An urgent petition has been launched by a charity against a controversial draft decision which could block a pioneering breast cancer treatment from being routinely available on the NHS.
Breast Cancer Now (BCN) has condemned a preliminary recommendation from the National Institute for Health and Care Excellence (Nice) to reject Kadcyla as a "disastrous decision" which is "a huge setback" for the treatment of advanced breast cancer.
Without any discount, Kadcyla costs £90,831 per patient, based on a three-weekly dose and an average length of treatment of 14.5 months. It is licensed for HER2-positive breast cancer.
Nice has said the cost is "too high".
A Nice committee looked at new data showing people taking Kadcyla - also known as trastuzumab emtansine - could live up to nine months longer than those taking an alternative drug called lapatinib plus capecitabine.
Manufacturer Roche has offered a discount but BCN is hoping for a deeper price cut and for Nice to use a different comparator drug to evaluate Kadcyla's cost-effectiveness.
BCN chief executive Baroness Delyth Morgan accused Nice and Roche of failures which are leaving "secondary breast cancer patients abandoned".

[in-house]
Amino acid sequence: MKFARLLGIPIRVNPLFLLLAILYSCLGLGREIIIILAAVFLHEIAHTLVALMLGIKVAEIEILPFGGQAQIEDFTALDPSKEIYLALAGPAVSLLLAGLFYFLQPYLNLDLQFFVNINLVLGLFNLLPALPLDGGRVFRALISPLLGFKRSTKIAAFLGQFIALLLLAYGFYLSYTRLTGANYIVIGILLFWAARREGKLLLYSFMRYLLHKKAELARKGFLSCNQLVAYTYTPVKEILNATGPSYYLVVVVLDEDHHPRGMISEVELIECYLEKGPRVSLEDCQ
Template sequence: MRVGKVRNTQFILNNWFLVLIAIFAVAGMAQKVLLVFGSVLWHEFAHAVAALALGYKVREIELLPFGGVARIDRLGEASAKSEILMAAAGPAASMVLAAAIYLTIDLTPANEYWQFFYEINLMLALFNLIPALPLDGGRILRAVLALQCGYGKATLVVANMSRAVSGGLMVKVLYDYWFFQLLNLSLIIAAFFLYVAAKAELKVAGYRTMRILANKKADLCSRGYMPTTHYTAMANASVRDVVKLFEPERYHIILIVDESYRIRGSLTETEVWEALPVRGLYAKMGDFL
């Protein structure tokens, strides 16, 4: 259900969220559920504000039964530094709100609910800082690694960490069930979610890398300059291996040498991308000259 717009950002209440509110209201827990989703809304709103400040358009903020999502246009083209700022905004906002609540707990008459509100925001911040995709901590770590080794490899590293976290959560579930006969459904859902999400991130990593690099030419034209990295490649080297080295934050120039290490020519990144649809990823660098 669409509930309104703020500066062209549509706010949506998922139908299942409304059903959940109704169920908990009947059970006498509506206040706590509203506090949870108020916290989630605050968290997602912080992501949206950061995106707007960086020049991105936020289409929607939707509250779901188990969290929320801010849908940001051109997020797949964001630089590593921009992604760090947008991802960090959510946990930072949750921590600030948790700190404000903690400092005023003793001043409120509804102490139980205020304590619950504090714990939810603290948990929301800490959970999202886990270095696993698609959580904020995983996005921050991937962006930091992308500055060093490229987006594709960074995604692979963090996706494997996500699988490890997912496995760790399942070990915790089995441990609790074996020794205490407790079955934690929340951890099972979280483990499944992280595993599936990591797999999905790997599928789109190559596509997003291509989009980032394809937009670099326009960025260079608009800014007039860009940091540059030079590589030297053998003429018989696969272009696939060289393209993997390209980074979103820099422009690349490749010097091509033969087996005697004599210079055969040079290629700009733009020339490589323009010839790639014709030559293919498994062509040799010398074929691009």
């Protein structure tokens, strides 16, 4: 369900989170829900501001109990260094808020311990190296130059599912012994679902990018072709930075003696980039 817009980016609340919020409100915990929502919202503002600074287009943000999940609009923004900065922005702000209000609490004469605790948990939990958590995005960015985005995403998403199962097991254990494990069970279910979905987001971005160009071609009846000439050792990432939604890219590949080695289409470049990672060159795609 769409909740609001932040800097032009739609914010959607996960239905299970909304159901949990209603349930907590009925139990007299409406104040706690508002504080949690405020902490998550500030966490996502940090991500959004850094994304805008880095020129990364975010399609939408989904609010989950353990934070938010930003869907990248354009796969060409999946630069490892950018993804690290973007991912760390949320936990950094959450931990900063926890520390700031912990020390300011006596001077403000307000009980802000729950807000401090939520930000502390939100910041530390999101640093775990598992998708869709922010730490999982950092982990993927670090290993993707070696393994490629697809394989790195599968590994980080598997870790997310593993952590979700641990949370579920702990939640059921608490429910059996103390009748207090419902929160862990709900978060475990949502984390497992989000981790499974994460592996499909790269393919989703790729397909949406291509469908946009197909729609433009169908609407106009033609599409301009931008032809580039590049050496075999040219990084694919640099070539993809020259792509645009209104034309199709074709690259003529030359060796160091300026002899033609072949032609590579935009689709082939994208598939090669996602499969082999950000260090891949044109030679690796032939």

In a statement directed at Nice chief executive Sir Andrew Dillon and Roche Products general manager Richard Erwin, she said: "Responsibility lies on both sides, and such reckless brinkmanship is unfortunately about to rip away one of the best breast cancer drugs in years from patients in desperate need of a lifeline.
"We welcome that Roche have offered a substantial discount, but they must now lower their price even further. However, Nice's decision to use a comparator drug to calculate the cost-effectiveness of Kadcyla that is not even available to patients is wholly inappropriate and must be reconsidered.
"We believe that had an appropriate comparator drug been selected, the discounted price may have seen Kadcyla fall within the cost-effectiveness threshold.
"This outcome also speaks volumes about a drug appraisal system that is just not working for metastatic breast cancer patients."
BCN is calling on people to visit breastcancernow.org/Kadcyla to urge Nice and Roche to strike a deal to keep Kadcyla available in England.
Kadcyla is currently being funded through the Cancer Drugs Fund (CDF).
Nice is publishing its draft guidance, including its preliminary recommendation on Kadcyla, on Thursday, opening a consultation which runs until January 19. The Nice committee will meet again in February to consider any further comments.
BCN fears the drug will not be available to patients in England in future unless the draft decision is reversed.
Professor Carole Longson, Nice's director of the centre for health technology evaluation, said: "We know that people with cancer place great importance on drugs that can increase their life expectancy.
"For that reason we apply as much flexibility as we can when we look at new life-extending treatments. But the reality is that the price of trastuzumab emtansine is currently too high in relation to the benefits it gives for it to be recommended for routine commissioning in the NHS, even taking into account the end-of-life criteria and the patient access scheme."